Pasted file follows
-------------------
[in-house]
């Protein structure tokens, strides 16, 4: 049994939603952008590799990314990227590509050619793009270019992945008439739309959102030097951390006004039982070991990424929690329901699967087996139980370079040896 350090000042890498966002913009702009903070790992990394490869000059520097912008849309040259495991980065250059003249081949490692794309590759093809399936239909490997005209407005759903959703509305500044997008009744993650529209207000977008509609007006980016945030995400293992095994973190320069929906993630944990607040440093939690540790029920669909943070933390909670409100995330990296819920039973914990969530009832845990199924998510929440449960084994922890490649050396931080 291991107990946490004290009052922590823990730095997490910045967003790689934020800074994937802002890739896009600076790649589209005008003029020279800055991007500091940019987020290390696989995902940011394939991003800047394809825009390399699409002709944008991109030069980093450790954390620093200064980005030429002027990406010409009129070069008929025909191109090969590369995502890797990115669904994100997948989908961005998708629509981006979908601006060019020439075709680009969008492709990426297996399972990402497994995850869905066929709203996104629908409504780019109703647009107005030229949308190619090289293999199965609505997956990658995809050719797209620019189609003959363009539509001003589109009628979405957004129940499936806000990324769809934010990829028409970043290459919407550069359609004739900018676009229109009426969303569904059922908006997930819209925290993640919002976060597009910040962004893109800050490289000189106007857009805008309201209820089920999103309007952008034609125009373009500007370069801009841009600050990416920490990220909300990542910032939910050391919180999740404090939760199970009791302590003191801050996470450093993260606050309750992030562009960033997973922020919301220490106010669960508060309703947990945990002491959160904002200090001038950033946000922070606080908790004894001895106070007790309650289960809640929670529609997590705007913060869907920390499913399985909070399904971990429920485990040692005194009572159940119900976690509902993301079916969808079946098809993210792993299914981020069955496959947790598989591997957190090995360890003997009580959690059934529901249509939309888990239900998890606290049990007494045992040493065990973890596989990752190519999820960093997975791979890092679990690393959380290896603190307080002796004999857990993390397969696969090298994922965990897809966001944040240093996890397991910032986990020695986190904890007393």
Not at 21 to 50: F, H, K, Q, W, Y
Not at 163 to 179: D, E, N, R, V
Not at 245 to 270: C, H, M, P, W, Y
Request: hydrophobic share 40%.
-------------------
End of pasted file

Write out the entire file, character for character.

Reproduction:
[in-house]
């Protein structure tokens, strides 16, 4: 049994939603952008590799990314990227590509050619793009270019992945008439739309959102030097951390006004039982070991990424929690329901699967087996139980370079040896 350090000042890498966002913009702009903070790992990394490869000059520097912008849309040259495991980065250059003249081949490692794309590759093809399936239909490997005209407005759903959703509305500044997008009744993650529209207000977008509609007006980016945030995400293992095994973190320069929906993630944990607040440093939690540790029920669909943070933390909670409100995330990296819920039973914990969530009832845990199924998510929440449960084994922890490649050396931080 291991107990946490004290009052922590823990730095997490910045967003790689934020800074994937802002890739896009600076790649589209005008003029020279800055991007500091940019987020290390696989995902940011394939991003800047394809825009390399699409002709944008991109030069980093450790954390620093200064980005030429002027990406010409009129070069008929025909191109090969590369995502890797990115669904994100997948989908961005998708629509981006979908601006060019020439075709680009969008492709990426297996399972990402497994995850869905066929709203996104629908409504780019109703647009107005030229949308190619090289293999199965609505997956990658995809050719797209620019189609003959363009539509001003589109009628979405957004129940499936806000990324769809934010990829028409970043290459919407550069359609004739900018676009229109009426969303569904059922908006997930819209925290993640919002976060597009910040962004893109800050490289000189106007857009805008309201209820089920999103309007952008034609125009373009500007370069801009841009600050990416920490990220909300990542910032939910050391919180999740404090939760199970009791302590003191801050996470450093993260606050309750992030562009960033997973922020919301220490106010669960508060309703947990945990002491959160904002200090001038950033946000922070606080908790004894001895106070007790309650289960809640929670529609997590705007913060869907920390499913399985909070399904971990429920485990040692005194009572159940119900976690509902993301079916969808079946098809993210792993299914981020069955496959947790598989591997957190090995360890003997009580959690059934529901249509939309888990239900998890606290049990007494045992040493065990973890596989990752190519999820960093997975791979890092679990690393959380290896603190307080002796004999857990993390397969696969090298994922965990897809966001944040240093996890397991910032986990020695986190904890007393």
Not at 21 to 50: F, H, K, Q, W, Y
Not at 163 to 179: D, E, N, R, V
Not at 245 to 270: C, H, M, P, W, Y
Request: hydrophobic share 40%.